The historical side of the equation is particularly fascinating. Whilst most narratives of colonising an untamed land are utter bullshit, covering for arrogant displacement and mistreatment of indigenous populations, the Norse settlement of Iceland in the 9th Century genuinely seems to have been an exception, with the island being genuinely uninhabited by human beings save for a small settlement of Irish monks who left either when the Norse arrive or before they showed up. The settlers, having left Norway because of the onerous taxes, decided to do without a king, and after some early disorganisation eventually established the Alþing in 930 CE.

The Alþing is the oldest still-extant Parliament in Europe, and Iceland soon adopted a systemised rule of law which, whilst it had its harsh edges like a certain amount of duels to the death, nonetheless provided a striking early example of the sort of political system we are used to in the modern era. Much is made of this in the book, and this is the right call; it depicts a unique Dark Ages/Medieval society which ends up being distinctly different from what is commonly expected from the era.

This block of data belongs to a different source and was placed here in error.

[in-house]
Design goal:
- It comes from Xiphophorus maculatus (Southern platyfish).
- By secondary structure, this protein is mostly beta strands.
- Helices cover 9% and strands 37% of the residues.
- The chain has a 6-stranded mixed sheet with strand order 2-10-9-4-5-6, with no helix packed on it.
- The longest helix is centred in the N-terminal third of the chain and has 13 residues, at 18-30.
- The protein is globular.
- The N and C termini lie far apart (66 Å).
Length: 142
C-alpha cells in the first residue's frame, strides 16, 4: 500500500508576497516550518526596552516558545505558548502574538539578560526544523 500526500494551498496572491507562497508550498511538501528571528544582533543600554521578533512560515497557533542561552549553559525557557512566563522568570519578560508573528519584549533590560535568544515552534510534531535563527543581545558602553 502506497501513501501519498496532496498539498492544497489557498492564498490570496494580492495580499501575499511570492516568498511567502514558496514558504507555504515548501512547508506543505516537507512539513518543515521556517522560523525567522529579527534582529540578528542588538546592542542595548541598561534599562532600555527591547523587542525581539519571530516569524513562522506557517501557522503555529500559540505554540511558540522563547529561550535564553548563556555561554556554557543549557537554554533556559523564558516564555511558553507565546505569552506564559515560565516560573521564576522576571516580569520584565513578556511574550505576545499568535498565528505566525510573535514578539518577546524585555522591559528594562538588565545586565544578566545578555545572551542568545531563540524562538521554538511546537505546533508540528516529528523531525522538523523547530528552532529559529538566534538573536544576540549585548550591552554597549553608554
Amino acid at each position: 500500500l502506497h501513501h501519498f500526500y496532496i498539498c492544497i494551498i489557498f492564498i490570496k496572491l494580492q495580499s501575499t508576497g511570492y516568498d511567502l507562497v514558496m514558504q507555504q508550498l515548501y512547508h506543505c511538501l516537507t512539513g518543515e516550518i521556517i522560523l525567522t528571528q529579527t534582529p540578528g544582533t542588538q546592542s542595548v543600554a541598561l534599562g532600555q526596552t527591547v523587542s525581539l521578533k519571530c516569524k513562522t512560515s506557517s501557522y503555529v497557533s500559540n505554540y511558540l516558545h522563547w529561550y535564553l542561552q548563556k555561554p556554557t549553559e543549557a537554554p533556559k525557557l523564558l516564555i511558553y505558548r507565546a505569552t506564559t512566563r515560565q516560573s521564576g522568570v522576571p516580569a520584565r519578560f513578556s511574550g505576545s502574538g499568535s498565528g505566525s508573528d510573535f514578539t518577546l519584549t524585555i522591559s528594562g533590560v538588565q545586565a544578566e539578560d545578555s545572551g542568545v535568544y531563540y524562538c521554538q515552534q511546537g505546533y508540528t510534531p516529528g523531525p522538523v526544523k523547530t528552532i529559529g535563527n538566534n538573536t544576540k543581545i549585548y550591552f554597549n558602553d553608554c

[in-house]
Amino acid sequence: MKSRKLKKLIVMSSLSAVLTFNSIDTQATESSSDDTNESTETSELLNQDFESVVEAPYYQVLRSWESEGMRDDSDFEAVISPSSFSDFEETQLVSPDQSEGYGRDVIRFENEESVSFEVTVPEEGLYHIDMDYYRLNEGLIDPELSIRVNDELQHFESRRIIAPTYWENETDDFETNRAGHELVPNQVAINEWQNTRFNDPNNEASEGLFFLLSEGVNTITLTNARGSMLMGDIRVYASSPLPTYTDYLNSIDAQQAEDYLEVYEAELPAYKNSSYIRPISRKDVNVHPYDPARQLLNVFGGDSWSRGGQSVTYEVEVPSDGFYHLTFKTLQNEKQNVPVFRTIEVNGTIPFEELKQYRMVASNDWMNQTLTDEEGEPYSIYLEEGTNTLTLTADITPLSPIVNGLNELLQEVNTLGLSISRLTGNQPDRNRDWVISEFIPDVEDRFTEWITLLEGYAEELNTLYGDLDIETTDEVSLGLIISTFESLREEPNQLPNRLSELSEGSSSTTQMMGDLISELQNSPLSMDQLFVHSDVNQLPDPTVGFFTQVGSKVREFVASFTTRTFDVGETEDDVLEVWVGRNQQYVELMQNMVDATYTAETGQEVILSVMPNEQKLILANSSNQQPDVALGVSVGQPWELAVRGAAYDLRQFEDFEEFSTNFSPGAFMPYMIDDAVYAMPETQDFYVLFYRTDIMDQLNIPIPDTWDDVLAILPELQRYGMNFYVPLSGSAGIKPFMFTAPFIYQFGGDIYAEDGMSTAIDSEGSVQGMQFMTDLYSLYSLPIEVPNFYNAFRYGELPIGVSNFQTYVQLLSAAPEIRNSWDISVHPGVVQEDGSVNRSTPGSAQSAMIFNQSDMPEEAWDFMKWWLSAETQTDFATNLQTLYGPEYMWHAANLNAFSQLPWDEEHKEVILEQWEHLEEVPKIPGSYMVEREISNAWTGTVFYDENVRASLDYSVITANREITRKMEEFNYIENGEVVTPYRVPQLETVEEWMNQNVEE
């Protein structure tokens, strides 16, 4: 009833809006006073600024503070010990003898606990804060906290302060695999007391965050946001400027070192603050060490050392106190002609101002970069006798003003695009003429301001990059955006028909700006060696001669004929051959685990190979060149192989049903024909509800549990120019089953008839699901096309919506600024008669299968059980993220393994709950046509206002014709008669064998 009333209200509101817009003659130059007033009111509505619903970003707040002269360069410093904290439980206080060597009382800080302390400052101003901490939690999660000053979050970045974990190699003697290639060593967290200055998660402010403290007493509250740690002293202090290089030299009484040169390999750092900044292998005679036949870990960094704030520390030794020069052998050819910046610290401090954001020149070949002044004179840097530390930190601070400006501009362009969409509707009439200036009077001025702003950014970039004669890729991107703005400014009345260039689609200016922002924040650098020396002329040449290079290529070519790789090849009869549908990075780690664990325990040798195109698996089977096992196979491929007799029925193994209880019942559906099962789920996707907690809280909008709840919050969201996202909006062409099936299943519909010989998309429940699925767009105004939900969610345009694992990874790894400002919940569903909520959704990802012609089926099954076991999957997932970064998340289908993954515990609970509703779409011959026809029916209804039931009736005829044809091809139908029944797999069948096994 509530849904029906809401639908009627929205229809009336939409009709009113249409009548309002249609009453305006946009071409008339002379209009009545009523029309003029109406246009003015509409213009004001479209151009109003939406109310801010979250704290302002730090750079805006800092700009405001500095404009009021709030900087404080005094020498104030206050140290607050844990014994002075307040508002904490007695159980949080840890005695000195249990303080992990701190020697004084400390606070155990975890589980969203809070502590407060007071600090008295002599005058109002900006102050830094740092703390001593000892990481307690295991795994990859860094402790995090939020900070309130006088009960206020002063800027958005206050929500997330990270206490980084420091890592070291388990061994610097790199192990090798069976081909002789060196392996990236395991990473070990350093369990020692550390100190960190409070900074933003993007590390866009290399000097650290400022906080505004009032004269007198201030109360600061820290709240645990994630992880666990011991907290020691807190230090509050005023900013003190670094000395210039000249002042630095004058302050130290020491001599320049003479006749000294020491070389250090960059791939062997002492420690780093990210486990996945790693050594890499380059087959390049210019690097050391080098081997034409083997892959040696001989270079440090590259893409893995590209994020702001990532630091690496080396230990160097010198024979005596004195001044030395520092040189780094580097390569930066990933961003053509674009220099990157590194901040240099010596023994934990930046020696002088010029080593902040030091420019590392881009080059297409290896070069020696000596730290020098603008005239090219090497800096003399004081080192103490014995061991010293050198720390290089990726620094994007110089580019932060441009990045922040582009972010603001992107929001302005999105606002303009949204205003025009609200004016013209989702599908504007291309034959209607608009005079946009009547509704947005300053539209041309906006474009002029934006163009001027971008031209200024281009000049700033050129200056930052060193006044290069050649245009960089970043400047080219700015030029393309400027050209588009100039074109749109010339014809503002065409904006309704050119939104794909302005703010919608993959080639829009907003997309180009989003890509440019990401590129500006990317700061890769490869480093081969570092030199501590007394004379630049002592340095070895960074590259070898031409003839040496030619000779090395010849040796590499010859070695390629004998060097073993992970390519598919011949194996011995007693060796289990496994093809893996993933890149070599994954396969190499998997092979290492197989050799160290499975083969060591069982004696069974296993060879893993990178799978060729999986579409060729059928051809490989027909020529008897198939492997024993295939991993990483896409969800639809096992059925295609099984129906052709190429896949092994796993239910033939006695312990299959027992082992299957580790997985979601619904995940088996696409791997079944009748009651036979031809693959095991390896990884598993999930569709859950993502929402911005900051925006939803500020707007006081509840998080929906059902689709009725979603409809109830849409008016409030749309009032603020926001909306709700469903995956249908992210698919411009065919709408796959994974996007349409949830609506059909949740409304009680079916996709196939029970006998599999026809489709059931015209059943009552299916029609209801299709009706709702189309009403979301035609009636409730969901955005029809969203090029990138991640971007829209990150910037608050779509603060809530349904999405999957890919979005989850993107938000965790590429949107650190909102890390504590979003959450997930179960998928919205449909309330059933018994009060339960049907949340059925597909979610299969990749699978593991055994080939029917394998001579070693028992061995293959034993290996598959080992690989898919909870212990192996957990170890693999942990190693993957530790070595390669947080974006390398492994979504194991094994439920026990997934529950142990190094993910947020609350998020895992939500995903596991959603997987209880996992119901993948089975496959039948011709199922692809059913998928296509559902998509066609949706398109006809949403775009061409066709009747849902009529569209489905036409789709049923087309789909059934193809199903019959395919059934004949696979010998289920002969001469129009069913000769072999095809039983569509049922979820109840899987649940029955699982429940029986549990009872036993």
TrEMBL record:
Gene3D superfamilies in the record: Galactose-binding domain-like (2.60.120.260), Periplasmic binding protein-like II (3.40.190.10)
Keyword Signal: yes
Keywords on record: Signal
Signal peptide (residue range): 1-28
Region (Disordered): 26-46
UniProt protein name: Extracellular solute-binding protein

The description of society does include a discussion of expected gender roles, because Ziviani is trying to present in the book the type of society which is described in the Sagas rather than misrepresenting what is in there, but at the same time Ziviani does a good job of not using this as an excuse to block female characters off from doing anything interesting. On my readthrough the only thing it explicitly says that a woman is barred from doing is being a goði – one of the priest-chieftains that free householders answer two and who speak for them in the Alþing, and the assumption is that PCs won’t start out as goði anyway.